Course Intro
Intro to M365 Maturity Model
Course Summary
2m 50s
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Installing a software application doesn't instantly confer all of the benefits of increased efficiency and process streamlining as outlined in the marketing material. The larger and more complex the system, the more that is required from an organization implementing it to realize the benefits and return on investment. The Microsoft 365 platform is a vast ecosystem encompassing multiple products, and fully utilizing its features goes way beyond just knowing how to operate the software. The Microsoft 365 Maturity Model is a framework used to assess an organization's business processes and cultural readiness to embrace the 365 platform. This course outlines that framework and how it is applied to gauge an organization's level of preparedness to achieve maximal benefit from the Microsoft 365 range of applications and services.

Learning Objectives

  • Learn what the Microsoft 365 Maturity Model is
  • Learn how the Microsoft 365 Maturity Model works
  • Learn how the Microsoft 365 Maturity Model is applied

Intended Audience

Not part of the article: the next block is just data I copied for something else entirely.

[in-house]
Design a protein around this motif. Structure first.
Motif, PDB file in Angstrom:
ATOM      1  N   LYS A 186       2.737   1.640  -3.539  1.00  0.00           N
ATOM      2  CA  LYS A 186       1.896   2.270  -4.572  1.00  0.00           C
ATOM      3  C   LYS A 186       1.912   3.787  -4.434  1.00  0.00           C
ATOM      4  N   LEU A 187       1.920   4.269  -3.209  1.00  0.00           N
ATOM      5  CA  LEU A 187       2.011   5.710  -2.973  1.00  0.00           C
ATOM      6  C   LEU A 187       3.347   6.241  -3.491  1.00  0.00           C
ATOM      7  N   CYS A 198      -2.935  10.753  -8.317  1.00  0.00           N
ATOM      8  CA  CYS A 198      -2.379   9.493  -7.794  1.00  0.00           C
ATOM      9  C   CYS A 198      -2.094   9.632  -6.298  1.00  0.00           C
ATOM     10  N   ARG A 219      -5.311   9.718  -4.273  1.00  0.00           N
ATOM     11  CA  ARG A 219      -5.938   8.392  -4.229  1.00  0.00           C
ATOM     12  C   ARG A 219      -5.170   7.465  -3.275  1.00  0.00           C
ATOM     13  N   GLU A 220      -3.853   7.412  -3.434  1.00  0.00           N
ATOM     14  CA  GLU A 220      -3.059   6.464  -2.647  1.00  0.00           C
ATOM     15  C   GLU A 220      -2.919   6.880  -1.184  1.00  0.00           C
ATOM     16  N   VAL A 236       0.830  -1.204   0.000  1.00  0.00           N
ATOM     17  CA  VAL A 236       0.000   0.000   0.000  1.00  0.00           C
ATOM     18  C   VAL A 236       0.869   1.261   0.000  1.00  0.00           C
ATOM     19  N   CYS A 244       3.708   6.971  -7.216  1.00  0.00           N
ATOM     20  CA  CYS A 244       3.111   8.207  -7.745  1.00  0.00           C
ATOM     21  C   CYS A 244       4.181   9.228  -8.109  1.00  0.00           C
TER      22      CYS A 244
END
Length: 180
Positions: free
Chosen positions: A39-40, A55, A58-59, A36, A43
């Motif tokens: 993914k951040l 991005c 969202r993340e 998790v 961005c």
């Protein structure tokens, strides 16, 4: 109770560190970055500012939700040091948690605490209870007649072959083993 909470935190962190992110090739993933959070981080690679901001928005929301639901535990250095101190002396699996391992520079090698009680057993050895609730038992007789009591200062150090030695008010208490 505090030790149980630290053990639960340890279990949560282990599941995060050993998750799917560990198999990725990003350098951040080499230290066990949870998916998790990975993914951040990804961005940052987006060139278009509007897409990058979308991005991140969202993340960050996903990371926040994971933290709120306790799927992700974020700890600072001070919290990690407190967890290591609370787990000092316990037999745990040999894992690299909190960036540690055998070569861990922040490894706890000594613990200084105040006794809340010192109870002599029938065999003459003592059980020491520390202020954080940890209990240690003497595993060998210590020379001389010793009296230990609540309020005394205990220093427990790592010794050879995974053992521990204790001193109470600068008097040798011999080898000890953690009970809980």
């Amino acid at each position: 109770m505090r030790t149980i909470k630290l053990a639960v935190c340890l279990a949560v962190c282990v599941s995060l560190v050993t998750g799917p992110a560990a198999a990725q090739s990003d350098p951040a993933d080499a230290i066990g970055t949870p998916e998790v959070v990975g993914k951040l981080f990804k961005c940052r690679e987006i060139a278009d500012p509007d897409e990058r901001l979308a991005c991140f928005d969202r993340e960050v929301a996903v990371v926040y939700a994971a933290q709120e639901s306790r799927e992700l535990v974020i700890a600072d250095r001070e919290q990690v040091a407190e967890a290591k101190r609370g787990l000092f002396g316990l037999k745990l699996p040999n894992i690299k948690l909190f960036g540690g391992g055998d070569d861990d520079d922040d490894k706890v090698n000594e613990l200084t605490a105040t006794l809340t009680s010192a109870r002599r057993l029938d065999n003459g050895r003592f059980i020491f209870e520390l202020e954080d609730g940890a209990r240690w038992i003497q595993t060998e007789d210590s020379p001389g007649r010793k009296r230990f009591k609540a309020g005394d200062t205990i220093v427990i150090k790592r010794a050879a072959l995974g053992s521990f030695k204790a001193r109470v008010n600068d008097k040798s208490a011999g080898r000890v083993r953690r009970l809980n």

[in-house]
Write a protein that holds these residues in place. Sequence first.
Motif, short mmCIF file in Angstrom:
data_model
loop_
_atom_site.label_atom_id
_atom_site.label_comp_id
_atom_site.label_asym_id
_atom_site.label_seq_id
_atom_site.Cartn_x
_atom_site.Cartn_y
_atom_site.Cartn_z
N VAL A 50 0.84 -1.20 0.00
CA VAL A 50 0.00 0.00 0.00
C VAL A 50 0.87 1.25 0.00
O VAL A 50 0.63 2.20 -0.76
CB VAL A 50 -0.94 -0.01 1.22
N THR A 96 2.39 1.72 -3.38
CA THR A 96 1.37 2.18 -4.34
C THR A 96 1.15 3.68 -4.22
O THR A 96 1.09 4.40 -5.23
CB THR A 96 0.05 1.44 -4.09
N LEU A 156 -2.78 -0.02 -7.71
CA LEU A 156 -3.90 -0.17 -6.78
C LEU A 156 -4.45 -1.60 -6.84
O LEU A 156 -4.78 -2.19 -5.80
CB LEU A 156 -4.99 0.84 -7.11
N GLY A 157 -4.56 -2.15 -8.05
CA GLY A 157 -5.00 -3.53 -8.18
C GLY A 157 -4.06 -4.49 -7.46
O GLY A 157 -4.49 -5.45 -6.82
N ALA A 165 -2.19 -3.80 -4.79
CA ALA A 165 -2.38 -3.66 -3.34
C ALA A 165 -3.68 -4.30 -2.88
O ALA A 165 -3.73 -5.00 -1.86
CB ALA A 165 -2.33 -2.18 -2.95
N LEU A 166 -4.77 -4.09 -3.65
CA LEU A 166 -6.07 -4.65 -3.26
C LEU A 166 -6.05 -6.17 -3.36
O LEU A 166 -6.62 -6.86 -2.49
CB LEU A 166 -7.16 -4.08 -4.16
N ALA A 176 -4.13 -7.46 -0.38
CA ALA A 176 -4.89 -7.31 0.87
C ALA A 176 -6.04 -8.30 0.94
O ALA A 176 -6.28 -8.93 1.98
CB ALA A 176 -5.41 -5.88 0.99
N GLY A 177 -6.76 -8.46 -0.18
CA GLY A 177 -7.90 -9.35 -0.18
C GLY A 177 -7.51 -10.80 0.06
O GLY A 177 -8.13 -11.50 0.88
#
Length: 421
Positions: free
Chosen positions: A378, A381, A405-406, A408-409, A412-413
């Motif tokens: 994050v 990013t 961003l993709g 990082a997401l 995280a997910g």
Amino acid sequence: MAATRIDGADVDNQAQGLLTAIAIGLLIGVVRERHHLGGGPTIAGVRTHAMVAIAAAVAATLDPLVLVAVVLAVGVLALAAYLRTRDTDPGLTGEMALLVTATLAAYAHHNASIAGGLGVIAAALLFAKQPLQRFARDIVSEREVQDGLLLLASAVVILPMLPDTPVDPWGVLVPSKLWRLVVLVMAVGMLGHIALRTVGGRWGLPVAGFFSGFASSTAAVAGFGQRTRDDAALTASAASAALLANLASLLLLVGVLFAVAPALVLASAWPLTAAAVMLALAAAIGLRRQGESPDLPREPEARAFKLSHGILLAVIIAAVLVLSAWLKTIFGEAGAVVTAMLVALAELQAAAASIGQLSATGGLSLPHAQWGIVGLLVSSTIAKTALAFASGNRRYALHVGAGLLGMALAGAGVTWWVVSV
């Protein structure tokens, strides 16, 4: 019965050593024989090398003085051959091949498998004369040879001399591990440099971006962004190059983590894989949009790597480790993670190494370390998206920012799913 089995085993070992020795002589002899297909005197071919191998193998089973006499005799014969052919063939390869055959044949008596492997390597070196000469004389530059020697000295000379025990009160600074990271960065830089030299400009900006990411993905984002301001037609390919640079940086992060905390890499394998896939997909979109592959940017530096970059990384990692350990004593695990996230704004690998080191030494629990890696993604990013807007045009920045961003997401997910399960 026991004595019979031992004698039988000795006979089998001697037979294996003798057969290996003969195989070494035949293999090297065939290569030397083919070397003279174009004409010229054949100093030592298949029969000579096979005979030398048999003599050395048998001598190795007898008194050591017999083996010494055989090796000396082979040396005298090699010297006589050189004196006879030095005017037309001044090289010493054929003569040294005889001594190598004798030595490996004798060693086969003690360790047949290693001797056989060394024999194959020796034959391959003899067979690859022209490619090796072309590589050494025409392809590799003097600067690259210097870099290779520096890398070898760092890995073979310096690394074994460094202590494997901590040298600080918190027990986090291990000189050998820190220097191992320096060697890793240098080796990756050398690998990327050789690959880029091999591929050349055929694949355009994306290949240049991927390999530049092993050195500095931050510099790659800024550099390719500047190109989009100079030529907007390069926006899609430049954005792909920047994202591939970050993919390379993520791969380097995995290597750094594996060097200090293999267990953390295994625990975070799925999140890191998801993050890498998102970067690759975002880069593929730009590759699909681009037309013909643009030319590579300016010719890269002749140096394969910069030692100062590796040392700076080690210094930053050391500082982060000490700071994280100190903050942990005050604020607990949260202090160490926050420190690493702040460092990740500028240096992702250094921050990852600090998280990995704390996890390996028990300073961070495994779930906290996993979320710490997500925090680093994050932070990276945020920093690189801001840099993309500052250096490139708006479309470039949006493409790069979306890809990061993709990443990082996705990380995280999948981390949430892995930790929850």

This course is intended for students who want to know about the Microsoft 365 Maturity Model and its use. Students who plan to take the MS-600 exam: Building Applications and Solutions with Microsoft 365 Core Services need to know about the 365 Maturity Model and its relevance to an organization's business processes and culture. 


Students must be acquainted with the Microsoft 365 suite of products and services. You don't need to know about every aspect of the 365 platform in-depth, but you should know the intended use of each product and service.





Let's look at a couple of competencies in more detail, starting with collaboration maturity levels.

The initial level of collaboration competency is characterized by using the out-of-the-box SharePoint site, with on-premises folder structures migrated to the cloud as is. Little or no thought is given to folder naming conventions, and collaboration involves sharing documents via email as attachments. Document versioning is achieved by saving the document with a new name. Shared tasks and activities are managed through emails giving no visibility of anyone's status. There is no formal training, and staff muddle through picking up bad habits. Level 100 can often feel like hard work, where the effort to comply is not worth it, and the staff sees systems as an added burden.

At level 200, Collaboration is still via documents, but now links are emailed instead of attachments, and documents are stored in content-specific libraries. Collaboration utilizes co-authoring and automatic versioning. Some groups and teams define their own document library structures and naming conventions, but these aren't standardized across the organization. External access is implemented but uses the default settings and is uncontrolled. Some groups start to use status indicators. While training is haphazard and inconsistent, it is acknowledged that collaboration is a good thing and that staff can see its value.